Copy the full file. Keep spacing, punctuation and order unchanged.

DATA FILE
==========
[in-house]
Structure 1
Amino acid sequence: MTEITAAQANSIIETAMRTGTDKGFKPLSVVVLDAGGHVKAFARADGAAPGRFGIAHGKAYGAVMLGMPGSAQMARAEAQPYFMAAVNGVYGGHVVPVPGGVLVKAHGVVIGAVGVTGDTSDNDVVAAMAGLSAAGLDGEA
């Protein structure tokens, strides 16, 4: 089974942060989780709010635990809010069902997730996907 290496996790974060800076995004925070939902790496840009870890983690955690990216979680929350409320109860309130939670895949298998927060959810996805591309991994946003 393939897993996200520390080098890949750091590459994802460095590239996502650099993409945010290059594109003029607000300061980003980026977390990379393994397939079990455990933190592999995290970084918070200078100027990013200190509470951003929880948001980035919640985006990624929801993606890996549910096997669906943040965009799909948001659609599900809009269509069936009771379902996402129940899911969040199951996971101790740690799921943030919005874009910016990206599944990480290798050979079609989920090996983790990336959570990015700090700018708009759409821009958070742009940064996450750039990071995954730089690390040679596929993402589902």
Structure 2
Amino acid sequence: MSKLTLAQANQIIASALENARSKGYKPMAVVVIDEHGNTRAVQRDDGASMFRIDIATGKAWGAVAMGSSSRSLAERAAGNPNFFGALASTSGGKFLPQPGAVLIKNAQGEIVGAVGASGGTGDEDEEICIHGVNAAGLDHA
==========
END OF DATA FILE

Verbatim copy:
[in-house]
Structure 1
Amino acid sequence: MTEITAAQANSIIETAMRTGTDKGFKPLSVVVLDAGGHVKAFARADGAAPGRFGIAHGKAYGAVMLGMPGSAQMARAEAQPYFMAAVNGVYGGHVVPVPGGVLVKAHGVVIGAVGVTGDTSDNDVVAAMAGLSAAGLDGEA
């Protein structure tokens, strides 16, 4: 089974942060989780709010635990809010069902997730996907 290496996790974060800076995004925070939902790496840009870890983690955690990216979680929350409320109860309130939670895949298998927060959810996805591309991994946003 393939897993996200520390080098890949750091590459994802460095590239996502650099993409945010290059594109003029607000300061980003980026977390990379393994397939079990455990933190592999995290970084918070200078100027990013200190509470951003929880948001980035919640985006990624929801993606890996549910096997669906943040965009799909948001659609599900809009269509069936009771379902996402129940899911969040199951996971101790740690799921943030919005874009910016990206599944990480290798050979079609989920090996983790990336959570990015700090700018708009759409821009958070742009940064996450750039990071995954730089690390040679596929993402589902």
Structure 2
Amino acid sequence: MSKLTLAQANQIIASALENARSKGYKPMAVVVIDEHGNTRAVQRDDGASMFRIDIATGKAWGAVAMGSSSRSLAERAAGNPNFFGALASTSGGKFLPQPGAVLIKNAQGEIVGAVGASGGTGDEDEEICIHGVNAAGLDHA